Functional magnetic resonance imaging

MRI procedure that measures brain activity by detecting associated changes in blood flow / From Wikipedia, the free encyclopedia

Functional magnetic resonance imaging or functional MRI (fMRI) measures brain activity by detecting changes associated with blood flow.[1][2] This technique relies on the fact that cerebral blood flow and neuronal activation are coupled. When an area of the brain is in use, blood flow to that region also increases.[3]

Quick facts: Functional magnetic resonance imaging, Purpos...
Functional magnetic resonance imaging
An fMRI image with yellow areas showing increased activity compared with a control condition.
Purposemeasures brain activity detecting changes due to blood flow.
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The primary form of fMRI uses the blood-oxygen-level dependent (BOLD) contrast,[4] discovered by Seiji Ogawa in 1990. This is a type of specialized brain and body scan used to map neural activity in the brain or spinal cord of humans or other animals by imaging the change in blood flow (hemodynamic response) related to energy use by brain cells.[4] Since the early 1990s, fMRI has come to dominate brain mapping research because it does not involve the use of injections, surgery, the ingestion of substances, or exposure to ionizing radiation.[5] This measure is frequently corrupted by noise from various sources; hence, statistical procedures are used to extract the underlying signal. The resulting brain activation can be graphically represented by color-coding the strength of activation across the brain or the specific region studied. The technique can localize activity to within millimeters but, using standard techniques, no better than within a window of a few seconds.[6] Other methods of obtaining contrast are arterial spin labeling[7] and diffusion MRI. Diffusion MRI is similar to BOLD fMRI but provides contrast based on the magnitude of diffusion of water molecules in the brain.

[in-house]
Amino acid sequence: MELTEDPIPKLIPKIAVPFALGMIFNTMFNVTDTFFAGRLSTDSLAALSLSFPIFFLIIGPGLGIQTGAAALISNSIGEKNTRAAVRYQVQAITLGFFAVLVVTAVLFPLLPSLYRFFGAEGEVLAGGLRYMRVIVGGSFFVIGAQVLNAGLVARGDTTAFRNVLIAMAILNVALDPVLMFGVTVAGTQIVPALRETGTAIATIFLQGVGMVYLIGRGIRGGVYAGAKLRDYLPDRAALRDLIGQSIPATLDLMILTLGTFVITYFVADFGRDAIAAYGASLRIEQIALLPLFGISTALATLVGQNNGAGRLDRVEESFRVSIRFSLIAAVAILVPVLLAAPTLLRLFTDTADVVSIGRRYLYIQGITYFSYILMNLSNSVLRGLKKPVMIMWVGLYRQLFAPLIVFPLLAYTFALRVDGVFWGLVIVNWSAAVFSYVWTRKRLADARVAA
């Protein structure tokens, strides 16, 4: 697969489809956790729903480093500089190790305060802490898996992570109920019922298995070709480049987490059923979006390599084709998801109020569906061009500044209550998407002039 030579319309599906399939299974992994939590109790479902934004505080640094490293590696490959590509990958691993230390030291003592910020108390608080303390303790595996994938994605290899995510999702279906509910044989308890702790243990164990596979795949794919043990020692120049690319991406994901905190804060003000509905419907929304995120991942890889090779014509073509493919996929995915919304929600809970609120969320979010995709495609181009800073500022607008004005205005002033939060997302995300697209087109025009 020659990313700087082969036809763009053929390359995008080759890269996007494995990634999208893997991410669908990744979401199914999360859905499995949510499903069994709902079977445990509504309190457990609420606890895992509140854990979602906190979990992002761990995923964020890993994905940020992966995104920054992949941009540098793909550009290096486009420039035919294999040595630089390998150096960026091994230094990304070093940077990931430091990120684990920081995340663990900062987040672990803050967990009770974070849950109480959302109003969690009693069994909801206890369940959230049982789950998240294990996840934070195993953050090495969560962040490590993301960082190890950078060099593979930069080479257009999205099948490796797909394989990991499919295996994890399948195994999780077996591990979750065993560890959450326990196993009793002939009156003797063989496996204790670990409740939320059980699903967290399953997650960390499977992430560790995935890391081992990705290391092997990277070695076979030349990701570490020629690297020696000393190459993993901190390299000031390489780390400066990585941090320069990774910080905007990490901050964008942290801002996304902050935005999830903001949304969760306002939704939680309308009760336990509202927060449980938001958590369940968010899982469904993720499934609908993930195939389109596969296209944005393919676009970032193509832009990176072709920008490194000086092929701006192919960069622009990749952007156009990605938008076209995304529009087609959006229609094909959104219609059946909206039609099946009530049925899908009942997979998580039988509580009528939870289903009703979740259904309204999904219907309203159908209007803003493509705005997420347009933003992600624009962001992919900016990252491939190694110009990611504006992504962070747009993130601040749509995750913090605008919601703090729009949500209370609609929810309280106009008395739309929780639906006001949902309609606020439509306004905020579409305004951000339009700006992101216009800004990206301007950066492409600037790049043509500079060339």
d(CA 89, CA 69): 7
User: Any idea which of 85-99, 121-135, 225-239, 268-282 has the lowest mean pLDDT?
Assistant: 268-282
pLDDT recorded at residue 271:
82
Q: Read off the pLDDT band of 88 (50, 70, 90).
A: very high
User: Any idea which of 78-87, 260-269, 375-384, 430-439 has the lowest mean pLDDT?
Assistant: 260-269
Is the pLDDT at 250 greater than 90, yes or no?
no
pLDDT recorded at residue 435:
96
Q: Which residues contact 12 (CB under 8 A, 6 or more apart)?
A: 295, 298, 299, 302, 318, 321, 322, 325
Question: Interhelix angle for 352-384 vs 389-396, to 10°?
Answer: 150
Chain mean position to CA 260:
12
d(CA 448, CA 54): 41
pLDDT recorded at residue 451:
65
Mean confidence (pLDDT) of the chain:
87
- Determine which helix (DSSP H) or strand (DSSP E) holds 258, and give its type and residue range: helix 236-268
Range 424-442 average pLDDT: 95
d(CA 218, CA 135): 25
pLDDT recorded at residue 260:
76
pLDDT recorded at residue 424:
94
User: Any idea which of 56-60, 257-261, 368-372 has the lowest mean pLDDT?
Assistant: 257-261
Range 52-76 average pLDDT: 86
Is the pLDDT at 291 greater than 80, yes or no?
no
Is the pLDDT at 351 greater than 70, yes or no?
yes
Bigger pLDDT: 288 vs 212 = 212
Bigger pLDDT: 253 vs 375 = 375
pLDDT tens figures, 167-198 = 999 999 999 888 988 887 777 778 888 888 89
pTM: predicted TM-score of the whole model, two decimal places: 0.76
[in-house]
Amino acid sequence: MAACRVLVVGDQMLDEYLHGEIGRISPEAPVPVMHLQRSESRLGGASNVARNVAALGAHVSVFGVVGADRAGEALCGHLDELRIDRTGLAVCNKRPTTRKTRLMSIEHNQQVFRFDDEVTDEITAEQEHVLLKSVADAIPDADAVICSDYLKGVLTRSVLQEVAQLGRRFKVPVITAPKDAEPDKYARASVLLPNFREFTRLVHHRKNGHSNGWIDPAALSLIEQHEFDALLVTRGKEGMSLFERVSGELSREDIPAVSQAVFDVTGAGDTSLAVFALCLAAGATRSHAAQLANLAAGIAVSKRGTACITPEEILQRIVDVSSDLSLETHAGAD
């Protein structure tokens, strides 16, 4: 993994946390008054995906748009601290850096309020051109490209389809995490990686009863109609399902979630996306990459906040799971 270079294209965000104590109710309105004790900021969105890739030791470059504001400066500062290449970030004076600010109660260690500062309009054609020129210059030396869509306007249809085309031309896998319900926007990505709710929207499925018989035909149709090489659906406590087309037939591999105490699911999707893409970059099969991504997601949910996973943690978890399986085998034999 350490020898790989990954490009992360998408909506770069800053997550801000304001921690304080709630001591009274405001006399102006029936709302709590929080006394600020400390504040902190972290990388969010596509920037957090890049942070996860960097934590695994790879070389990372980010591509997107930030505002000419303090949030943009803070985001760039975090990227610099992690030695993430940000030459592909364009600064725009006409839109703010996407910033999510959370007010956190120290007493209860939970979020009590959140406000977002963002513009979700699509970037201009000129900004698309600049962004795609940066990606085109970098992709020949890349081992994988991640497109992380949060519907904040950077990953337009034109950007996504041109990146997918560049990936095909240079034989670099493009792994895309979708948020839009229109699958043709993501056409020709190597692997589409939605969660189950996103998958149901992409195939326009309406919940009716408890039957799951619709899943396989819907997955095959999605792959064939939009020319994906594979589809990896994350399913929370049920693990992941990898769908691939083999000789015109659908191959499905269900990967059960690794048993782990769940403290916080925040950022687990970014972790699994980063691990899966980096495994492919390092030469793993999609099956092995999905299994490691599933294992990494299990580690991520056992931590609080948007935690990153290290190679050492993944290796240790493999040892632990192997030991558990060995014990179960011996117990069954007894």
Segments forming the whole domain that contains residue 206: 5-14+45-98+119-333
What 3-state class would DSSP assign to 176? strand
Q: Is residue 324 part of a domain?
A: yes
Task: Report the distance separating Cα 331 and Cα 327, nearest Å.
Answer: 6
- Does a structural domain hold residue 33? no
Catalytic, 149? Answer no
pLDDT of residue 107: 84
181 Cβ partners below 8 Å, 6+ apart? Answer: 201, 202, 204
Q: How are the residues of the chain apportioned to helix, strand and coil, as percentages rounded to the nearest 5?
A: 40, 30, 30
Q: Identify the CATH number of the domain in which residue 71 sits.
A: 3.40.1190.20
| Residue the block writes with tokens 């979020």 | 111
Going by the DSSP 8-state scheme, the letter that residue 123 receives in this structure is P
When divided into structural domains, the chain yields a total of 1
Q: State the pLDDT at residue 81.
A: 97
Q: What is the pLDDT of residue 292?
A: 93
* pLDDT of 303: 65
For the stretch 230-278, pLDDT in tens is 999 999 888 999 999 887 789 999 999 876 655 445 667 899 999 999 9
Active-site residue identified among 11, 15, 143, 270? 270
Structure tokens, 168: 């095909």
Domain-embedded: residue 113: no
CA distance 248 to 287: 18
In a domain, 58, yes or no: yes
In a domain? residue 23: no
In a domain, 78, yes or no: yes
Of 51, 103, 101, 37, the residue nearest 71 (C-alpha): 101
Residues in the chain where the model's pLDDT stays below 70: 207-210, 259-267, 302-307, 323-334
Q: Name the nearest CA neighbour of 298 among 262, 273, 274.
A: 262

In addition to detecting BOLD responses from activity due to tasks or stimuli, fMRI can measure resting state, or negative-task state, which shows the subjects' baseline BOLD variance. Since about 1998 studies have shown the existence and properties of the default mode network, a functionally connected neural network of apparent resting brain states.

fMRI is used in research, and to a lesser extent, in clinical work. It can complement other measures of brain physiology such as electroencephalography (EEG), and near-infrared spectroscopy (NIRS). Newer methods which improve both spatial and time resolution are being researched, and these largely use biomarkers other than the BOLD signal. Some companies have developed commercial products such as lie detectors based on fMRI techniques, but the research is not believed to be developed enough for widespread commercial use.[8]